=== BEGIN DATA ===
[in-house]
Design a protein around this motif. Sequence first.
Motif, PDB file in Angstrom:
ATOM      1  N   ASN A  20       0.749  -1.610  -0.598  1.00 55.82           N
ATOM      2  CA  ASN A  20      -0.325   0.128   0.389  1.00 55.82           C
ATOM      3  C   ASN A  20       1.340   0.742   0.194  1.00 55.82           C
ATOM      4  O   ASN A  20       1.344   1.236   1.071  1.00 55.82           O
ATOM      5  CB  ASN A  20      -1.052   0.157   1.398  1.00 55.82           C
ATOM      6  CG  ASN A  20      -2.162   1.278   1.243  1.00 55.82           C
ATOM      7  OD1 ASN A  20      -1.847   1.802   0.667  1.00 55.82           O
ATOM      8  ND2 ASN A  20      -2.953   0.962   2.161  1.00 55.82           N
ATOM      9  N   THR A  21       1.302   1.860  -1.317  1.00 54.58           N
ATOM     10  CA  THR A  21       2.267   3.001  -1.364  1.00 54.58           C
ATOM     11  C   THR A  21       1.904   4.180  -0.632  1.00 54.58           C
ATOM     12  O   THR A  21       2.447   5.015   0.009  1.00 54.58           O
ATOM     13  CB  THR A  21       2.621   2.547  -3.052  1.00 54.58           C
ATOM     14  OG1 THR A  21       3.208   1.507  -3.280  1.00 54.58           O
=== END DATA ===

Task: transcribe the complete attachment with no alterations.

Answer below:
[in-house]
Design a protein around this motif. Sequence first.
Motif, PDB file in Angstrom:
ATOM      1  N   ASN A  20       0.749  -1.610  -0.598  1.00 55.82           N
ATOM      2  CA  ASN A  20      -0.325   0.128   0.389  1.00 55.82           C
ATOM      3  C   ASN A  20       1.340   0.742   0.194  1.00 55.82           C
ATOM      4  O   ASN A  20       1.344   1.236   1.071  1.00 55.82           O
ATOM      5  CB  ASN A  20      -1.052   0.157   1.398  1.00 55.82           C
ATOM      6  CG  ASN A  20      -2.162   1.278   1.243  1.00 55.82           C
ATOM      7  OD1 ASN A  20      -1.847   1.802   0.667  1.00 55.82           O
ATOM      8  ND2 ASN A  20      -2.953   0.962   2.161  1.00 55.82           N
ATOM      9  N   THR A  21       1.302   1.860  -1.317  1.00 54.58           N
ATOM     10  CA  THR A  21       2.267   3.001  -1.364  1.00 54.58           C
ATOM     11  C   THR A  21       1.904   4.180  -0.632  1.00 54.58           C
ATOM     12  O   THR A  21       2.447   5.015   0.009  1.00 54.58           O
ATOM     13  CB  THR A  21       2.621   2.547  -3.052  1.00 54.58           C
ATOM     14  OG1 THR A  21       3.208   1.507  -3.280  1.00 54.58           O